|Matthew Henry's Concise Commentary|
147:12-20 The church, like Jerusalem of old, built up and preserved by the wisdom, power, and goodness of God, is exhorted to praise him for all the benefits and blessings vouchsafed to her; and these are represented by his favours in the course of nature. The thawing word may represent the gospel of Christ, and the thawing wind the Spirit of Christ; for the Spirit is compared to the wind, Joh 3:8. Converting grace softens the heart that was hard frozen, and melts it into tears of repentance, and makes good reflections to flow, which before were chilled and stopped up. The change which the thaw makes is very evident, yet how it is done no one can say. Such is the change wrought in the conversion of a soul, when God's word and Spirit are sent to melt it and restore it to itself.
Verse 12. - Praise the Lord, O Jerusalem. The other exhortations to praise in the psalm are general (vers. 1, 7); now a special call is made on Jerusalem to give him praise, since Jerusalem has lately experienced special mercies (vers. 13, 14). Praise thy God, O Zion (comp. Psalm 146:10).
Gill's Exposition of the Entire Bible
Praise the Lord, O Jerusalem,.... The inhabitants of it, as Kimchi; not Jerusalem in a literal sense, for this respects future time, as Aben Ezra; the world to come, the times of the Messiah: and intends the spiritual Jerusalem, as Arama; that which is free, the mother of us all; the Gospel church, and the members of it; which have great reason to praise the Lord, for their special blessings and peculiar privileges; see Galatians 4:26;
praise thy God, O Zion; not the house and family of David, as R. Obadiah; nor the priests and Levites in the temple, as others; but the same as before, the church and people of God; the Mount Zion God has loved and chose for his habitation; the city of our solemnities in Gospel times; the perfection of beauty and joy of the whole earth; whose God and King is Christ; and whom Zion and all her children should praise, being her incarnate God, Immanuel, God manifest in the flesh. With this verse, the Septuagint, Vulgate Latin, Syriac, Arabic, and Ethiopic versions, begin the psalm.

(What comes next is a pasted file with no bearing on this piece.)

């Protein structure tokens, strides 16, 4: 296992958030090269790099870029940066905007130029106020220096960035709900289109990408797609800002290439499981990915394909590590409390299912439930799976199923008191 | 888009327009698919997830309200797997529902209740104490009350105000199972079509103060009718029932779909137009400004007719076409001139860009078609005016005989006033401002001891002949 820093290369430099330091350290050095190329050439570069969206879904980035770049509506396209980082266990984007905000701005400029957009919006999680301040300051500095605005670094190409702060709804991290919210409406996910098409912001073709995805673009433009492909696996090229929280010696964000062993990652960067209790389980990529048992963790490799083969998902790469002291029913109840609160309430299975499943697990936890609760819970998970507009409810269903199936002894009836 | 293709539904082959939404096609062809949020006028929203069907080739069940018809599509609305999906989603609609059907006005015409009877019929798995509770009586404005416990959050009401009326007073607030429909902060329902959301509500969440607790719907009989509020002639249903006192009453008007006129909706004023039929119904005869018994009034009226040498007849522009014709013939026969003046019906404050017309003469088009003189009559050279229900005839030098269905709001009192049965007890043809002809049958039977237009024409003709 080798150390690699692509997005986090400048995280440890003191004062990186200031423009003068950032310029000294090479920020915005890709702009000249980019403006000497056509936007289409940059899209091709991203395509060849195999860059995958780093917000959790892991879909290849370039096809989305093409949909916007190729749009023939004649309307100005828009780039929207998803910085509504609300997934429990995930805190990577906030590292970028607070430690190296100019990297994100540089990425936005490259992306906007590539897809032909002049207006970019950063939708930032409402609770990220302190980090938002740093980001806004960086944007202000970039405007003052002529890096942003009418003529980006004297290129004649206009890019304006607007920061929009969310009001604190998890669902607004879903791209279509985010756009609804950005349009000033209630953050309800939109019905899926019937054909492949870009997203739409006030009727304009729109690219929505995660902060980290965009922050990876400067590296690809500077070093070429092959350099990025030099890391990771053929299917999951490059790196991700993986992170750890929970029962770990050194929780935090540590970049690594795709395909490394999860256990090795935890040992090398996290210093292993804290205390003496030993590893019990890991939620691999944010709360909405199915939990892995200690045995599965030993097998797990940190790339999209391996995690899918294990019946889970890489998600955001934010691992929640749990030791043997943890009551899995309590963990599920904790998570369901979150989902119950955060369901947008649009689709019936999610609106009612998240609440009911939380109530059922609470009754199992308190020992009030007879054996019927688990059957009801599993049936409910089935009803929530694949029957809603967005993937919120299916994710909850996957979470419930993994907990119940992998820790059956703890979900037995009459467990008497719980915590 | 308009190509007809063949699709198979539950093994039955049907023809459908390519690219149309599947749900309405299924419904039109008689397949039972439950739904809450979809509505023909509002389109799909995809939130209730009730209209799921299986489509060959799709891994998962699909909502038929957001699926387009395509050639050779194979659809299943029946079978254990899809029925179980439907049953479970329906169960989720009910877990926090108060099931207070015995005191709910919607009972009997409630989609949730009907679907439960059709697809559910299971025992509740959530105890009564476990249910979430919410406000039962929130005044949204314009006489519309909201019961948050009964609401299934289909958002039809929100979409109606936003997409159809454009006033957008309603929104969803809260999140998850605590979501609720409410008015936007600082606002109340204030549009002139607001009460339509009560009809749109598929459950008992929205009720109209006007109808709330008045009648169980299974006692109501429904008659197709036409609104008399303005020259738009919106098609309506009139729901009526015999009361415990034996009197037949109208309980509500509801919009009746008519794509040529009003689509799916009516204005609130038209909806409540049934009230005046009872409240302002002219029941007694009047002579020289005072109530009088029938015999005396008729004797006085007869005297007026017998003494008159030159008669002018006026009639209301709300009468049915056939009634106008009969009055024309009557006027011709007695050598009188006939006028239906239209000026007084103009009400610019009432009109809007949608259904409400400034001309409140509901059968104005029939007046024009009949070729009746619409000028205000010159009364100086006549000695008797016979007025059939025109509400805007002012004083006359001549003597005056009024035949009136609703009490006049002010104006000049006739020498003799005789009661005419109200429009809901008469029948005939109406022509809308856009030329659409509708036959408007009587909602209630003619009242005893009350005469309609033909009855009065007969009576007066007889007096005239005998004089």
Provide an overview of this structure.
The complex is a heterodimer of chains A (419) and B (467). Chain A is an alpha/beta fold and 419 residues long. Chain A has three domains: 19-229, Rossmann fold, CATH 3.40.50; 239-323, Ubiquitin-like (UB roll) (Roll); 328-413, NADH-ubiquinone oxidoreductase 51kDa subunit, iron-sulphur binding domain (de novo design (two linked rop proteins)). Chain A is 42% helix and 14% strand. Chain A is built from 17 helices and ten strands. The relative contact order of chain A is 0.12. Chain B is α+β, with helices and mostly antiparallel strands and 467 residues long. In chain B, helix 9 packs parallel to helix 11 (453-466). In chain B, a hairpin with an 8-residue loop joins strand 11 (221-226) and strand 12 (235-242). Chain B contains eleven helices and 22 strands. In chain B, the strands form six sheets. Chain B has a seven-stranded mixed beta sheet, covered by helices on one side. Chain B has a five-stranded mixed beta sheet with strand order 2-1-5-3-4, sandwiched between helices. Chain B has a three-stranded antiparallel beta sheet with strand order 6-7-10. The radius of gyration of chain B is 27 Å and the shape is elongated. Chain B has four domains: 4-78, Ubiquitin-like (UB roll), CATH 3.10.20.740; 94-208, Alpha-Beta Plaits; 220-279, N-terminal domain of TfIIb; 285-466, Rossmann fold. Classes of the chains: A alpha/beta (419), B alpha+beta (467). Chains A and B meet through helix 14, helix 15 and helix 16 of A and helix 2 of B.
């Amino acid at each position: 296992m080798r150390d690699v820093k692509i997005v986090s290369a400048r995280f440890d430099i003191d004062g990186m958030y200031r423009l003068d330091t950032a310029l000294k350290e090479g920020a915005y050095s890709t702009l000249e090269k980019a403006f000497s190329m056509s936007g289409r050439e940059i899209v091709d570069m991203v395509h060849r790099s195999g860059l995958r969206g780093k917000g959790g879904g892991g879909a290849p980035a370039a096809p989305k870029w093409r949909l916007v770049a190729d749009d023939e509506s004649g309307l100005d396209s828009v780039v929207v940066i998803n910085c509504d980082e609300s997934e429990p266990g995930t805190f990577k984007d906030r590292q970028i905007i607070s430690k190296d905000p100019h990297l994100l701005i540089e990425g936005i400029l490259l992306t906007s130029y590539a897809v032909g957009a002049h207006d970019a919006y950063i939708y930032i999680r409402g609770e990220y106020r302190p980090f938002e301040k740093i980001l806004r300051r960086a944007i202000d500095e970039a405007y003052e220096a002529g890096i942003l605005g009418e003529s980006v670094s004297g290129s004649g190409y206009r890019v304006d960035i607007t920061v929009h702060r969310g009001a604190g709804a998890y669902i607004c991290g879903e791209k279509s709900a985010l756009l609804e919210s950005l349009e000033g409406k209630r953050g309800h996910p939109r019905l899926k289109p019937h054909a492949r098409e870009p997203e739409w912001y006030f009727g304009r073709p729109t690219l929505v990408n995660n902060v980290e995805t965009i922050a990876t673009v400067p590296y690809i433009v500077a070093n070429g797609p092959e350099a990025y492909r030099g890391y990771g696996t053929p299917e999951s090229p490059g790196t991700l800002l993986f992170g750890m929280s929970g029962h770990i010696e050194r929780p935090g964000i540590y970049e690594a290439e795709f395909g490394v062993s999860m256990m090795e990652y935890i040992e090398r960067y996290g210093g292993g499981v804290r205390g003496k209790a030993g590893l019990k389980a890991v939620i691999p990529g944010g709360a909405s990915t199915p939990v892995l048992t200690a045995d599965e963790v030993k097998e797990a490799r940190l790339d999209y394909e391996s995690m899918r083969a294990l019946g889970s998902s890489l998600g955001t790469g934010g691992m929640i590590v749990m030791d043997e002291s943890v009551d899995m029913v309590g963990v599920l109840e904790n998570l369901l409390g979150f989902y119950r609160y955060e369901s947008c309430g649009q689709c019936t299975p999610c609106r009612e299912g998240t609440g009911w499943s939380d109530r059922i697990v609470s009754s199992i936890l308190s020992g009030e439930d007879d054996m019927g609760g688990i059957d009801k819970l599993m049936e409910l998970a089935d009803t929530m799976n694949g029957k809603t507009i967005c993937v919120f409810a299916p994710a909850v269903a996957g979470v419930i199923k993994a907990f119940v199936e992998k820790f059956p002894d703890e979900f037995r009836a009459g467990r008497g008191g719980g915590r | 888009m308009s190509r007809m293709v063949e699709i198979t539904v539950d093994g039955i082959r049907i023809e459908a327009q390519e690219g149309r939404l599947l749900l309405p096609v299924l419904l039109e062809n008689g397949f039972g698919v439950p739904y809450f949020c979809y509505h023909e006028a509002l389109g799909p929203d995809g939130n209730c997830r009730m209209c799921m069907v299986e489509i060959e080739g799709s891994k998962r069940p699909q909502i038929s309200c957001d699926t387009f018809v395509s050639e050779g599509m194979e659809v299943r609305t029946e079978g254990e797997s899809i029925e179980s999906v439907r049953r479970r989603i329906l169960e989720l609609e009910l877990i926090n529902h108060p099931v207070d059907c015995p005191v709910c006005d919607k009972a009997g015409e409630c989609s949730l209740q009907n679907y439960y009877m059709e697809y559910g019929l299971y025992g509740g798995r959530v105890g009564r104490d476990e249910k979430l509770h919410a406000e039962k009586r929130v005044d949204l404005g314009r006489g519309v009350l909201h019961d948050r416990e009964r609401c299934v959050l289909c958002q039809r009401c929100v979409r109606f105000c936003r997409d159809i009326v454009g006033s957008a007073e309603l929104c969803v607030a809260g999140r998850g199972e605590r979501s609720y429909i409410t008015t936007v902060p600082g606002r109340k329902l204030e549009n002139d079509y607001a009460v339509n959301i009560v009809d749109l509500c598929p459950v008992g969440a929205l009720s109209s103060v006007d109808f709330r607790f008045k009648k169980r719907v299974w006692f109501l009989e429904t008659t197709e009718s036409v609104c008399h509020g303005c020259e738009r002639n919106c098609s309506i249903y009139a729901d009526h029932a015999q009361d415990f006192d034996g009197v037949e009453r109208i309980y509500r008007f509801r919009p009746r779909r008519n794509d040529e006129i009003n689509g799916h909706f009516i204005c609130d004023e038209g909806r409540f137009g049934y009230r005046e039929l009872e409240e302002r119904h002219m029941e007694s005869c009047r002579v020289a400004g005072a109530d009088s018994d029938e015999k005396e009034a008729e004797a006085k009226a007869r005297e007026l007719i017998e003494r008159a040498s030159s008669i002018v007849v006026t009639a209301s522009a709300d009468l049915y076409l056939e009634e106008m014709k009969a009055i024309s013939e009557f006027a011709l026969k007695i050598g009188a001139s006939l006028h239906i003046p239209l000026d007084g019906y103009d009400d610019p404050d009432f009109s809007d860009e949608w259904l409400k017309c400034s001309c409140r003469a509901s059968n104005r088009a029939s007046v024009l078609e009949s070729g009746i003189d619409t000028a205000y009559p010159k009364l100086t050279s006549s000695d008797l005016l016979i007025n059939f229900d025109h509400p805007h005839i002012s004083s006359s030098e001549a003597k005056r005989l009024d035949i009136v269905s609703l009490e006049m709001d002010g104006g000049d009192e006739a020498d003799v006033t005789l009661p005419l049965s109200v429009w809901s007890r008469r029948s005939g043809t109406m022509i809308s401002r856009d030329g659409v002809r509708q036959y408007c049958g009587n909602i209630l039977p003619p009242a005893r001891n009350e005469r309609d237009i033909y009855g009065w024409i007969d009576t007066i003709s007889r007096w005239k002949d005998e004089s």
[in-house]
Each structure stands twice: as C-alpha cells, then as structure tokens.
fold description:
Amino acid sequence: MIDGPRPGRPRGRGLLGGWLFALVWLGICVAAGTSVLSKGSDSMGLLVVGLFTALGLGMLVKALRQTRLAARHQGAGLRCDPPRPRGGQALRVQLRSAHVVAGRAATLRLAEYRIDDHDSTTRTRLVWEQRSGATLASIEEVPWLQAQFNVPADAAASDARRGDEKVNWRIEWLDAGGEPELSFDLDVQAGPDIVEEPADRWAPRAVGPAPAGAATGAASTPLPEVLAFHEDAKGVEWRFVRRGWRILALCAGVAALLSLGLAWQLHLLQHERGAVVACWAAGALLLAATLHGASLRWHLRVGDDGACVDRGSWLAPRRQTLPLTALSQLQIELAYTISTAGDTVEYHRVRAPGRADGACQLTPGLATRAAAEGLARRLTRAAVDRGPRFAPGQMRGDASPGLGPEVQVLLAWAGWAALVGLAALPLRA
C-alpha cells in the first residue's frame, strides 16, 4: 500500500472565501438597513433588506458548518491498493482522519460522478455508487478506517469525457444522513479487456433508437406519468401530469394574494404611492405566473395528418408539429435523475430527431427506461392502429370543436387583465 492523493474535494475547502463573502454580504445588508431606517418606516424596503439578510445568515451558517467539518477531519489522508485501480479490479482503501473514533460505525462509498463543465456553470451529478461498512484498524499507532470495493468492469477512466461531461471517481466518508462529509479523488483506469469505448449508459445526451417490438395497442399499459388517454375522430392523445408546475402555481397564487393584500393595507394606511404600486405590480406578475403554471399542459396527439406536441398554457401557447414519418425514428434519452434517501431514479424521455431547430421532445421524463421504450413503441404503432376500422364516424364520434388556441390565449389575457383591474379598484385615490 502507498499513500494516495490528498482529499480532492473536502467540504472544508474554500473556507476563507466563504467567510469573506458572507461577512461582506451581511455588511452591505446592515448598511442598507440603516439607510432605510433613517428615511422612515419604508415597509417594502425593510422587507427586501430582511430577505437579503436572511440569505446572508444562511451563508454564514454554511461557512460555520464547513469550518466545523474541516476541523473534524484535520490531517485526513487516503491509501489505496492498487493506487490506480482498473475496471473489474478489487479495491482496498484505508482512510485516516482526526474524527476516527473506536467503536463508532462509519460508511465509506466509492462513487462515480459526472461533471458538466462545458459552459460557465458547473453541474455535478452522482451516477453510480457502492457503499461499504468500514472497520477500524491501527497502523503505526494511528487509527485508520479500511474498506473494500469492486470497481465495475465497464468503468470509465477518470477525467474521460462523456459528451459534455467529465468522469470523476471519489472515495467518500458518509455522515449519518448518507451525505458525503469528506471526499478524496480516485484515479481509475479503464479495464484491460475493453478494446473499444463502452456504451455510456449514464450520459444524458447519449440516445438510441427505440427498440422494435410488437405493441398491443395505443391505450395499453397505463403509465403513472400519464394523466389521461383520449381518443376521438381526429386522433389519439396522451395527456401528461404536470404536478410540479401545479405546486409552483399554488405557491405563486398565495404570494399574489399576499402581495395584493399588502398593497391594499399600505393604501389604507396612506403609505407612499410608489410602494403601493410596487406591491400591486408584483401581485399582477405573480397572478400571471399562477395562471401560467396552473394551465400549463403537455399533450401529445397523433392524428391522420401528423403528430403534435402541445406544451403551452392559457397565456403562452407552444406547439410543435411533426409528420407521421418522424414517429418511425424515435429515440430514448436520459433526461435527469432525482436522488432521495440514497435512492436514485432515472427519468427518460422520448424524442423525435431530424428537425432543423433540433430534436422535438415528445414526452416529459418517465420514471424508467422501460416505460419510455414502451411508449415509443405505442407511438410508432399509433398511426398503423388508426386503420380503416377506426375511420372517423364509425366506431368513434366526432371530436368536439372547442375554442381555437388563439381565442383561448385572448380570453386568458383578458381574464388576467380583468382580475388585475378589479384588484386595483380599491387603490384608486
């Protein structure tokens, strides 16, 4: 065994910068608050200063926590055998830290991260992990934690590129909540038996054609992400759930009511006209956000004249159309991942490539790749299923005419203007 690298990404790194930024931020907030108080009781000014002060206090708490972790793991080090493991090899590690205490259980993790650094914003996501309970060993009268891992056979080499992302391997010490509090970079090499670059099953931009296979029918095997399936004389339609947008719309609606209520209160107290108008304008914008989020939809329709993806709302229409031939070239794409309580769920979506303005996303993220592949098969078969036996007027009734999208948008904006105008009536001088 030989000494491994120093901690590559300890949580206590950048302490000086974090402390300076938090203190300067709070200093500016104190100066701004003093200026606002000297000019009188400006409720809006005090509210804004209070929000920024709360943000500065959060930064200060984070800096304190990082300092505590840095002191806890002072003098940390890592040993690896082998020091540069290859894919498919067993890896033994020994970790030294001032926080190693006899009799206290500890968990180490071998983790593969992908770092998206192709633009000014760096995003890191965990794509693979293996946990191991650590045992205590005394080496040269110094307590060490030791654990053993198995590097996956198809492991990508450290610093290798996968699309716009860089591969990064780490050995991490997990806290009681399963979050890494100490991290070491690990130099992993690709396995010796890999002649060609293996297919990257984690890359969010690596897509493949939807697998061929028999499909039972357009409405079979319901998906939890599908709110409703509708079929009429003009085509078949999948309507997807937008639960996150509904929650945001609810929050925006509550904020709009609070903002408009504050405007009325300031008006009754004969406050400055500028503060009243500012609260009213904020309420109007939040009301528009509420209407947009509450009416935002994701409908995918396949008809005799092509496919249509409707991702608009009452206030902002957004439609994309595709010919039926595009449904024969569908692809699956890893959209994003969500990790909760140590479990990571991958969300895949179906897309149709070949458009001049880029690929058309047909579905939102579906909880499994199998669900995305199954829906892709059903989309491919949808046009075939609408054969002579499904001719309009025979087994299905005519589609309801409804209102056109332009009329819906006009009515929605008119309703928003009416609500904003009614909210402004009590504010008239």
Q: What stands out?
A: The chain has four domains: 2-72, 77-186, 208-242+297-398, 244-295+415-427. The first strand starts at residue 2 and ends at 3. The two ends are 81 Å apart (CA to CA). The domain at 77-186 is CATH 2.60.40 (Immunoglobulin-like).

The Treasury of David
12 Praise the Lord, O Jerusalem; praise thy God, O Zion.
13 For he hath strengthened the bars of thy gates; he hath blessed thy children within thee.
14 He maketh peace in thy borders, and filleth thee with the finest of the wheat.
15 He sendeth forth his commandment upon earth: his word runneth very swiftly.
16 He giveth snow like wool: he scattereth the hoarfrost like ashes.
17 He casteth forth his ice like morsels' who can stand before his cold?
18 He sendeth out his word, and melteth them, he causeth his wind to blow, and the waters flow.
19 He sheweth his word unto Jacob, his statutes and his judgments unto Israel.
20 He hath not dealt so with any nation - and as for his judgments, they have not known them. Praise ye the Lord.
"Praise the Lord, O Jerusalem; praise thy God, O Zion." How the poet insists upon praise; he cries praise, praise, as if it were the most important of all duties. A peculiar people should render peculiar praise. The city of peace should be the city of praise; and the temple of the covenant God should resound with his glories. If nowhere else, yet certainly in Zion there should be joyful adoration of Zion's God. Note, that we are to praise the Lord in our own houses in Jerusalem as well as in his own house in Zion. The holy city surrounds the holy hill, and both are dedicated to the holy God, therefore both should ring with hallelujahs.
"For he hath strengthened the bars of thy gates." Her fortifications were finished, even to the fastenings of the gates, and God had made all sound and strong, even to her bolts and bars: thus her security against invading foes was guaranteed. This is no small mercy. Oh, that our churches were thus preserved from all false doctrine and unholy living! This must be the Lord's doing; and where he has wrought it his name is greatly to be praised. Modern libertines would tear down all gates and abolish all bars; but so do not we, because of the fear of the Lord. "He hath blessed thy children within thee." Internal happiness is as truly the Lord's gift as external security. When _he Lord@blesses "thy sos in the midst of thee," thou art, O Zion, filled with a happy, united, zealous, prosperous, holy people, who dwell in communion with God, and enter into the joy of their Lord. When God makes thy walls salvation thy gates must be praise. It would little avail to fortify a wretched, starving city; but when the walls are strengthened, it is a still greater joy to see that the inhabitants are blessed with all good gifts. How much our churches need a present and abiding benediction.
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